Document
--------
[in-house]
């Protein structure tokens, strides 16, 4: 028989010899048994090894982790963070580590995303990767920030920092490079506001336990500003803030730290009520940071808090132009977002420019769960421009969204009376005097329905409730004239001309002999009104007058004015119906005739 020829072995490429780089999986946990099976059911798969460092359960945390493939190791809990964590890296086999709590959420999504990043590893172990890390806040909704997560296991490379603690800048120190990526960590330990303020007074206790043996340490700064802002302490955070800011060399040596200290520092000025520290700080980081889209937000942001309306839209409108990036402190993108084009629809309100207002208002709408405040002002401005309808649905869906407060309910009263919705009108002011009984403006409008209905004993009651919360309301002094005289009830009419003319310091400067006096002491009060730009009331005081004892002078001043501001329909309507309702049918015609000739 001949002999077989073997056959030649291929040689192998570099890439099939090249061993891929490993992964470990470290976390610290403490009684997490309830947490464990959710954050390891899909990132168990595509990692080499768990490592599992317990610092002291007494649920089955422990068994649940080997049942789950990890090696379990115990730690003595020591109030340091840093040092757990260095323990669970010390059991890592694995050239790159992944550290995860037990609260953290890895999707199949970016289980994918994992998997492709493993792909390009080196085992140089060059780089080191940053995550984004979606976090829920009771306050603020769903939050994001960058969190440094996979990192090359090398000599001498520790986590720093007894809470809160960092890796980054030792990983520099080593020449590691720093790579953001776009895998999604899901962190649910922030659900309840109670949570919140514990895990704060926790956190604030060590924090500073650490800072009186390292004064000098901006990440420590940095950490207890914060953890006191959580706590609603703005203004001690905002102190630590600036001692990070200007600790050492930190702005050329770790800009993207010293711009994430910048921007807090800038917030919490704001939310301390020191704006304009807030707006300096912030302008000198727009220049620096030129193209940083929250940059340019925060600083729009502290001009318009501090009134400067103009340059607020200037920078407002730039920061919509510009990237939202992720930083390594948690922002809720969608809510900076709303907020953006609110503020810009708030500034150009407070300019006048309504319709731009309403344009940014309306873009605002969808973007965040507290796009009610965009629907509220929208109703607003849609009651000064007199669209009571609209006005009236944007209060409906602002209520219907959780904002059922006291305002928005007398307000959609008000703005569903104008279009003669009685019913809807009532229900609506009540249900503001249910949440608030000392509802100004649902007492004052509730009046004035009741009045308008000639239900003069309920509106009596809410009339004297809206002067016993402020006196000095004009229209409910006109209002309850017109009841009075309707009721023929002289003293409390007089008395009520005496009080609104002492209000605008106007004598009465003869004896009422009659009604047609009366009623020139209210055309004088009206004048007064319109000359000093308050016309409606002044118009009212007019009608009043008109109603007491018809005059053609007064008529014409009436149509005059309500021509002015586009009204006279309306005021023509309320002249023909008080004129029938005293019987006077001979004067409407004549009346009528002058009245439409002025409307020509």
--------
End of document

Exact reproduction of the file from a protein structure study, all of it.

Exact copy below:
[in-house]
């Protein structure tokens, strides 16, 4: 028989010899048994090894982790963070580590995303990767920030920092490079506001336990500003803030730290009520940071808090132009977002420019769960421009969204009376005097329905409730004239001309002999009104007058004015119906005739 020829072995490429780089999986946990099976059911798969460092359960945390493939190791809990964590890296086999709590959420999504990043590893172990890390806040909704997560296991490379603690800048120190990526960590330990303020007074206790043996340490700064802002302490955070800011060399040596200290520092000025520290700080980081889209937000942001309306839209409108990036402190993108084009629809309100207002208002709408405040002002401005309808649905869906407060309910009263919705009108002011009984403006409008209905004993009651919360309301002094005289009830009419003319310091400067006096002491009060730009009331005081004892002078001043501001329909309507309702049918015609000739 001949002999077989073997056959030649291929040689192998570099890439099939090249061993891929490993992964470990470290976390610290403490009684997490309830947490464990959710954050390891899909990132168990595509990692080499768990490592599992317990610092002291007494649920089955422990068994649940080997049942789950990890090696379990115990730690003595020591109030340091840093040092757990260095323990669970010390059991890592694995050239790159992944550290995860037990609260953290890895999707199949970016289980994918994992998997492709493993792909390009080196085992140089060059780089080191940053995550984004979606976090829920009771306050603020769903939050994001960058969190440094996979990192090359090398000599001498520790986590720093007894809470809160960092890796980054030792990983520099080593020449590691720093790579953001776009895998999604899901962190649910922030659900309840109670949570919140514990895990704060926790956190604030060590924090500073650490800072009186390292004064000098901006990440420590940095950490207890914060953890006191959580706590609603703005203004001690905002102190630590600036001692990070200007600790050492930190702005050329770790800009993207010293711009994430910048921007807090800038917030919490704001939310301390020191704006304009807030707006300096912030302008000198727009220049620096030129193209940083929250940059340019925060600083729009502290001009318009501090009134400067103009340059607020200037920078407002730039920061919509510009990237939202992720930083390594948690922002809720969608809510900076709303907020953006609110503020810009708030500034150009407070300019006048309504319709731009309403344009940014309306873009605002969808973007965040507290796009009610965009629907509220929208109703607003849609009651000064007199669209009571609209006005009236944007209060409906602002209520219907959780904002059922006291305002928005007398307000959609008000703005569903104008279009003669009685019913809807009532229900609506009540249900503001249910949440608030000392509802100004649902007492004052509730009046004035009741009045308008000639239900003069309920509106009596809410009339004297809206002067016993402020006196000095004009229209409910006109209002309850017109009841009075309707009721023929002289003293409390007089008395009520005496009080609104002492209000605008106007004598009465003869004896009422009659009604047609009366009623020139209210055309004088009206004048007064319109000359000093308050016309409606002044118009009212007019009608009043008109109603007491018809005059053609007064008529014409009436149509005059309500021509002015586009009204006279309306005021023509309320002249023909008080004129029938005293019987006077001979004067409407004549009346009528002058009245439409002025409307020509």